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Benefits of Exercise For Little Girls | Fitness For Black Girls

March 22, 2019

When most adults think about exercising, they picture lifting weights, working out on a treadmill, or going to the gym. But for children, exercising means being physically active during school and when they are home.

Active girls benefit from regular exercise. They will:

  • grow stronger bones and muscles

  • develop a leaner body

  • be less likely to become overweight

  • have a decreased risk for developing type 2 diabetes. Research shows that the warning signs can be present in overweight children as young as 10 years of age.

  • have lower cholesterol levels and reduced stress

  • Increase the chances of living a healthier life as an adult woman

Girls who are physically active are more capable of handling emotional and physical challenges as they relate to development, growth, and health (for example, studying for a test or running to catch a bus). Unfortunately, only 1 out of 3 children actually get in at least 60 minutes of moderate to vigorous physical activity each day according to the American Academy of Pediatrics.

The 3 Components of Fitness for Children

 

If you’ve ever observed children at a park or playground, you’ve already seen the three elements of fitness in action when they:

  1.  run away from the one child who's "it" in the game of tag (cardio).

  2.  successfully cross the monkey bars (strength).

  3.  play on the overhead track ride (flexibility).

Aerobic activity strengthens the heart and is fun for kids! Examples of aerobic playtime for girls can include the following:

  • Bicycling

  • Skating

  • Dancing

  • Tennis

  • Swimming

  • Gymnastics

  • Running

 

To improve strength, children do not need a formal weight-training program to become strong. They can incorporate strength activities when climbing a jungle gym or attempting a handstand.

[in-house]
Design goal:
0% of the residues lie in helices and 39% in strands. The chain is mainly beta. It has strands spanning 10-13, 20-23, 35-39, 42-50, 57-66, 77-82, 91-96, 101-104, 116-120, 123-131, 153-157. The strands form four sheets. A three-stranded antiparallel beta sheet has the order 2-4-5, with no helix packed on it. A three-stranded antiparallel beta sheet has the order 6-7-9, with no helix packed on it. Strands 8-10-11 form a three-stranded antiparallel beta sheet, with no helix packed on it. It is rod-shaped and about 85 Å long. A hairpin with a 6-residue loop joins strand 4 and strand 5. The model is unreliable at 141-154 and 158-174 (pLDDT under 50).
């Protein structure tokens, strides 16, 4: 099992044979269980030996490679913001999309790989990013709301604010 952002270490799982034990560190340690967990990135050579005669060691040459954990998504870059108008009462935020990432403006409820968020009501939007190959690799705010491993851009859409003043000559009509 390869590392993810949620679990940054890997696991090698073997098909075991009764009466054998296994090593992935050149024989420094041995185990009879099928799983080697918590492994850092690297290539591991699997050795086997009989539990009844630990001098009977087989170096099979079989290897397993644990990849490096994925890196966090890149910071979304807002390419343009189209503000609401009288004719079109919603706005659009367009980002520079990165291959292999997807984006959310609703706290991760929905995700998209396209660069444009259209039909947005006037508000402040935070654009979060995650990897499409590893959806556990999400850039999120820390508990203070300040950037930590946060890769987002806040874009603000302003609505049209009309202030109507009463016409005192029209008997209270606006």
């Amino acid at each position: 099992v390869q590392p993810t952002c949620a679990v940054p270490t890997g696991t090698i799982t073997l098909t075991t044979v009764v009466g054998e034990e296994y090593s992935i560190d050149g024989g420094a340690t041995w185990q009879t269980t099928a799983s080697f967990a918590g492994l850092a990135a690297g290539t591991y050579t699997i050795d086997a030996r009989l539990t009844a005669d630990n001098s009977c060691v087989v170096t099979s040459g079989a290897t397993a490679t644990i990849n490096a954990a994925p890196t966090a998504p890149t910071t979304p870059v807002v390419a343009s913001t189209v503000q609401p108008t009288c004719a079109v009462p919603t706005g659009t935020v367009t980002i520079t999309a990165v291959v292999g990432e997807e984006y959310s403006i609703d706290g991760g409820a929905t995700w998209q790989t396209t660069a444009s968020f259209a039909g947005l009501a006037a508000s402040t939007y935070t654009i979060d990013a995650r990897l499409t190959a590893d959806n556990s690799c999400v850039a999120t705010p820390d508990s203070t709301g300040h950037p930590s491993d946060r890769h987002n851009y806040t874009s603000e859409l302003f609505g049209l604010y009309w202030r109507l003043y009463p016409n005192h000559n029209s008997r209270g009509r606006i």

Stretching activities help to improve flexibility, allowing the joints and muscles to move and bend easily through their full range of motion. Without them being aware, children look for opportunities to stretch when they practice a flip, a split, or when they try to grab up a toy that's out of reach.     

 

Combining strength, cardio, and flexibility into a variety of activities, will maximize your child’s results as well as decrease the risk of injury. When done regularly and consistently over time, physical activity improves your little one’s body capacity to deliver nutrients and oxygen to every cell, while removing the carbon dioxide and waste products created by those cells.

How Much Exercise is Needed?

 

Encourage opportunities for sports, play, and exercise during school, after school, and on weekends. Shape America gives us detailed recommendations for children:

 

For Toddlers:

Minimum daily activity requirement: 1.5 hours.

30 minutes of unplanned activity. and 1 hour of unstructured free play.

 

For Preschoolers:

Minimum daily activity requirement: 2 hours.

60 minutes of unplanned activity and 1 hour of unstructured free play.

 

School Ages:

Minimum daily activity requirement: 1 hour.

You can break up activity into 15-minute sessions or more.

 

The U.S. Department of Agriculture’s revised Food Guide Pyramid allows parents to input their children's age, activity level, and gender, to get the recommended total calories and suggested food servings.

Val lives in New York state. As a health advocate, she shares tips and steps on maximizing nutrition, weight, and fitness goals to help others embrace a healthier lifestyle. She blogs at Halfmile Fitness.

 

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